“So you would say that the lives of these animals and plants are more important than the lives of thousands of your fellow human beings, professor?”
“I never said that!” roars the professor.
Bolin stops the interview and switches to an American talk show host, Jack Thompson.
“This is really a no brainer,” says Thompson. “I mean, we have 16 precious spaceships all ready to transport thousands of people out of this solar system out of the reach of this coming apocalypse and we’ve got bleeding heart left wink pinkos who think that cute little pandas and rare jungle fauna native to Madagascar is more important than saving human lives.”
Bolin grunts and tunes in to another channel.
“What this really comes down to is whether we value human life over that of exotic and endangered species and fauna? We are in a desperate situation and the decisions we make now could have a decisive influence on whether the human race survives this great crisis or whether this could be the end of the human story.”
Bolin sighs deeply and then switches off his smart watch.
World Government Council, Brussels Belgium, 3049
“This is a milestone moment in the history of humanity,” says President Yuko Okamoto gravely. “The Day of Leaving, when we must enter our spaceships and lift off from our beloved Earth approaches us. We must abandon the very planet which spawned us, our home, and the birthplace of all human civilizations. We must be strong, we must remain united and steadfast, and we must survive. We will survive!”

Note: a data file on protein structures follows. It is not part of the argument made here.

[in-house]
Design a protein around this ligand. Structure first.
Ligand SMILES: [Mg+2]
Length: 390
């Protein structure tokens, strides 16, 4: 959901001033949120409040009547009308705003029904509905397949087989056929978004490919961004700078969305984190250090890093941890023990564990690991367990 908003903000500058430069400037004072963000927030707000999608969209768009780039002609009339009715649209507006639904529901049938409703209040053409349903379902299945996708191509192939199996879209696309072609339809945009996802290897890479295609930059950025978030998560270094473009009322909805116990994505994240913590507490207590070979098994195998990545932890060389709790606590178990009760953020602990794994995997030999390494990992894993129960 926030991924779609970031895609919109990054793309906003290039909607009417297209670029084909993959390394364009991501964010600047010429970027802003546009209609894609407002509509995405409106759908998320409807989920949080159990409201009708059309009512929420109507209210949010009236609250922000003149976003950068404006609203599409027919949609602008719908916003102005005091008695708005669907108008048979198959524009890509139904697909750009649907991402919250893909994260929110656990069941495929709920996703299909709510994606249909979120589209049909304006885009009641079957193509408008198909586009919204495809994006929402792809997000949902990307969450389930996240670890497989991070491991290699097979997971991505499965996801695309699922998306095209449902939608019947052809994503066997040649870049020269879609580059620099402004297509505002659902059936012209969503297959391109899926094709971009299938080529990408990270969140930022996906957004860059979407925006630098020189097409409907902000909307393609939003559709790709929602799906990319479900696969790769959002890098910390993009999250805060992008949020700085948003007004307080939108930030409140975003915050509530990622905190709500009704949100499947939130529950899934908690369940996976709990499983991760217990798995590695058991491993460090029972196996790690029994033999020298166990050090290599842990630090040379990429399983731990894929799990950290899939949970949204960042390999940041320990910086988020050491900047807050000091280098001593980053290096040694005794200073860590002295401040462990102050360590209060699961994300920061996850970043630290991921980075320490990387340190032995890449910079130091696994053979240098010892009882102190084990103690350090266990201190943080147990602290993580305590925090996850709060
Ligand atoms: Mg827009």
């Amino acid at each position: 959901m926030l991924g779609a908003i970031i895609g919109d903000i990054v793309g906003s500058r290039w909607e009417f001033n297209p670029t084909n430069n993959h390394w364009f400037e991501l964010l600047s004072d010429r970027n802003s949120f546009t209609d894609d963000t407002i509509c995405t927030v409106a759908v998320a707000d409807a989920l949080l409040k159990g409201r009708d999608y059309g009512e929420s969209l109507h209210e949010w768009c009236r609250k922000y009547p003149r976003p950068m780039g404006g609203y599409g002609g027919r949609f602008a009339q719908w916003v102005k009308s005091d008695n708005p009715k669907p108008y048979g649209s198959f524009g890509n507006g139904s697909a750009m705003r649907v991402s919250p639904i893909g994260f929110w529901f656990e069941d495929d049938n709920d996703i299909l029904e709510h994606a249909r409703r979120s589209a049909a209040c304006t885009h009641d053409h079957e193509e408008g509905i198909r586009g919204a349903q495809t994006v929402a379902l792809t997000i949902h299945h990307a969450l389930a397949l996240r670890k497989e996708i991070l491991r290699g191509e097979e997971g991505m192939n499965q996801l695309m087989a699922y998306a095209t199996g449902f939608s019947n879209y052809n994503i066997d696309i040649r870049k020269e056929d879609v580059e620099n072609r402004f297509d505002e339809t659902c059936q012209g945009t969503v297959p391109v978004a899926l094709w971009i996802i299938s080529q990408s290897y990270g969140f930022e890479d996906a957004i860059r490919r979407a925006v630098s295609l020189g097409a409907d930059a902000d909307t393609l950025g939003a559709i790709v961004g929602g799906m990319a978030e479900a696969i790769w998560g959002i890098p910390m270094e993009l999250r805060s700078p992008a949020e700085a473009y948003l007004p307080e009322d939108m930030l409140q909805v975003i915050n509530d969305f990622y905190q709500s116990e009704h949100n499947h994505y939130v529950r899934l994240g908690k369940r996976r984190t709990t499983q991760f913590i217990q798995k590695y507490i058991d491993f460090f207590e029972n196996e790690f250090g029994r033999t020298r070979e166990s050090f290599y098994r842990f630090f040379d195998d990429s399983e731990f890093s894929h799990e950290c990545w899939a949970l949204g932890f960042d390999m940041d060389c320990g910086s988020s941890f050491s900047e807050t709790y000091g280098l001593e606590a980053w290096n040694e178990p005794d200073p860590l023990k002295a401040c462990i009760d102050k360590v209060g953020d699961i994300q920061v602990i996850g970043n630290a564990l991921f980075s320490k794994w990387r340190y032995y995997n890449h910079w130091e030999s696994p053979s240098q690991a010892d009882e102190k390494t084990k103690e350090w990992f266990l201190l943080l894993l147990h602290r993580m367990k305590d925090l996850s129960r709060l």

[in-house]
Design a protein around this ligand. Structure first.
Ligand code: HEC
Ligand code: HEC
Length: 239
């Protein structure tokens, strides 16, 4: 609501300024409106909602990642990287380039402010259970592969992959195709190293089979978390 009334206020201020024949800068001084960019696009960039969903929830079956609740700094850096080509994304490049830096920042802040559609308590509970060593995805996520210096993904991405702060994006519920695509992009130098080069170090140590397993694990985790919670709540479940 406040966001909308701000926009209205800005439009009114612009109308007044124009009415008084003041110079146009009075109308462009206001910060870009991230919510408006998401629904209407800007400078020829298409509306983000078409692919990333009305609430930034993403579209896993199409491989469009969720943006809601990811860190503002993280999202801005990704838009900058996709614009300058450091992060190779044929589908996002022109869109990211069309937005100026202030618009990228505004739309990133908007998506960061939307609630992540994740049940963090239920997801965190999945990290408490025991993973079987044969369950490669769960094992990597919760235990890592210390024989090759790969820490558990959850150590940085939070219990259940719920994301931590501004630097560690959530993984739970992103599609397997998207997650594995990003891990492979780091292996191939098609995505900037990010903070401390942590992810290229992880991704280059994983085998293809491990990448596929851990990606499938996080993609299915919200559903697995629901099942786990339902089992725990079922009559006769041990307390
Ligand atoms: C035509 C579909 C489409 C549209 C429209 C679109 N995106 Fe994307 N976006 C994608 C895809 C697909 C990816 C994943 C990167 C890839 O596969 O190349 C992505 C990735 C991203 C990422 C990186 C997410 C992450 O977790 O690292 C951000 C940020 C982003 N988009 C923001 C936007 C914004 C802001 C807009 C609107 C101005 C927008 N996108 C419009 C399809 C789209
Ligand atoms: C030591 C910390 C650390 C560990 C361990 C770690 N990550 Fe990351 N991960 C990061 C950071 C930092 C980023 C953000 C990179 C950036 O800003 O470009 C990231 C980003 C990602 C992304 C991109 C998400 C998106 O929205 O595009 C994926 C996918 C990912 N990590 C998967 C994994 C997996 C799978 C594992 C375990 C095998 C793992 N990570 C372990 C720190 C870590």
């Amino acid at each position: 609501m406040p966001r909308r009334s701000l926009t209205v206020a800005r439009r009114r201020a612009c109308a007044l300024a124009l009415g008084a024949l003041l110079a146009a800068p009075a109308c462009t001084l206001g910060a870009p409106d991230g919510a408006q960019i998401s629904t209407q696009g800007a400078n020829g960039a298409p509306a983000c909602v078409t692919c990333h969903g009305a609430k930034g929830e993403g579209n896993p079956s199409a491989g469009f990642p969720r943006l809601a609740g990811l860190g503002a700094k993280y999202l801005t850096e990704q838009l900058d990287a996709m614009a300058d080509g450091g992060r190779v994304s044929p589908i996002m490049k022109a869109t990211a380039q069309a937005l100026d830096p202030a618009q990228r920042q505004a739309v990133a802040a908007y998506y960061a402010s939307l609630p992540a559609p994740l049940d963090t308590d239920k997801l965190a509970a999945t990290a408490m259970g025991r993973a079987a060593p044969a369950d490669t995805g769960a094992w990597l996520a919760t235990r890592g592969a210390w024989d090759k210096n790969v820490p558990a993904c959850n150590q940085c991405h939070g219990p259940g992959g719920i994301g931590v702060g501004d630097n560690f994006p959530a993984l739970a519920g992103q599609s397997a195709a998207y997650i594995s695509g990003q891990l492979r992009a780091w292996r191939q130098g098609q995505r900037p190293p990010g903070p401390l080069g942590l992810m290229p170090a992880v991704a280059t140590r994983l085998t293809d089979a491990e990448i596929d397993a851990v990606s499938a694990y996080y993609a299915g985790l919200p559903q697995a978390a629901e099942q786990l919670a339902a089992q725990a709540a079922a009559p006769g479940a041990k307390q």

Many council members applaud.
“Those of us gathered here,” continues Okamoto, “are among the lucky chosen few who will escape the coming catastrophe that has befallen our planet. Do not rejoice too heartily! We must leave behind countless millions of our fellow human beings, who will be the last generation on Earth. We are the lucky few. The Chosen Ones, who are destined to spread the seed of humanity to the stars! “
“Have any suitable planets been found yet?” enquires Karl Weber.
“Earth’s computers have found several strong possibilities that are currently being investigated by probes,” says Fahd Amin.
“What will happen to the Mars colonies? “enquires Li Chen Wu.
“So desu ne,” says Okamoto. “Unfortunately, they will have to be abandoned. There simply aren’t enough ships to evacuate them. Spaceships and starships, as you know, are at a premium.”
“I assume,” says Vladimir Belinsky, “that we have arranged for the, er, removal of the animals from the Ark Orbit ships in preparation for their use by humans as planned.”
There is a hush within the chamber.